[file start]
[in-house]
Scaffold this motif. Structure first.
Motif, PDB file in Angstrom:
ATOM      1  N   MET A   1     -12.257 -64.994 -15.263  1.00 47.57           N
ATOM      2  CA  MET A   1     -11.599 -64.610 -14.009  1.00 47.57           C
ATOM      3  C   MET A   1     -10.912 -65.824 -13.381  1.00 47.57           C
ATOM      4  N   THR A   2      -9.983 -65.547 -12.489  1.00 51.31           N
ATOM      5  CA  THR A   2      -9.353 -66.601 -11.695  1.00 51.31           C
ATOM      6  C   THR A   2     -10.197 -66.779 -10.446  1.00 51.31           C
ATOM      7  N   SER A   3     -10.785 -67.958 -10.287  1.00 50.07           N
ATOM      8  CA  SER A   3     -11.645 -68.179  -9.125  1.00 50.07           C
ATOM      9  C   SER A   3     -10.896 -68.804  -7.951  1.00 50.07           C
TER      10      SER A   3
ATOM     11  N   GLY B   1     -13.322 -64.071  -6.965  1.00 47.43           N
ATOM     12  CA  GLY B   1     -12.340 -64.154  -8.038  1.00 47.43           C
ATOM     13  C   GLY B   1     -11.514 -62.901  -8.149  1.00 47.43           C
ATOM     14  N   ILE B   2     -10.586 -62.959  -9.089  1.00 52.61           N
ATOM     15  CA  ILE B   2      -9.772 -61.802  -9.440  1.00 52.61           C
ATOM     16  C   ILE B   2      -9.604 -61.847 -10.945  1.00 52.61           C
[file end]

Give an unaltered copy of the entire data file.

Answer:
[in-house]
Scaffold this motif. Structure first.
Motif, PDB file in Angstrom:
ATOM      1  N   MET A   1     -12.257 -64.994 -15.263  1.00 47.57           N
ATOM      2  CA  MET A   1     -11.599 -64.610 -14.009  1.00 47.57           C
ATOM      3  C   MET A   1     -10.912 -65.824 -13.381  1.00 47.57           C
ATOM      4  N   THR A   2      -9.983 -65.547 -12.489  1.00 51.31           N
ATOM      5  CA  THR A   2      -9.353 -66.601 -11.695  1.00 51.31           C
ATOM      6  C   THR A   2     -10.197 -66.779 -10.446  1.00 51.31           C
ATOM      7  N   SER A   3     -10.785 -67.958 -10.287  1.00 50.07           N
ATOM      8  CA  SER A   3     -11.645 -68.179  -9.125  1.00 50.07           C
ATOM      9  C   SER A   3     -10.896 -68.804  -7.951  1.00 50.07           C
TER      10      SER A   3
ATOM     11  N   GLY B   1     -13.322 -64.071  -6.965  1.00 47.43           N
ATOM     12  CA  GLY B   1     -12.340 -64.154  -8.038  1.00 47.43           C
ATOM     13  C   GLY B   1     -11.514 -62.901  -8.149  1.00 47.43           C
ATOM     14  N   ILE B   2     -10.586 -62.959  -9.089  1.00 52.61           N
ATOM     15  CA  ILE B   2      -9.772 -61.802  -9.440  1.00 52.61           C
ATOM     16  C   ILE B   2      -9.604 -61.847 -10.945  1.00 52.61           C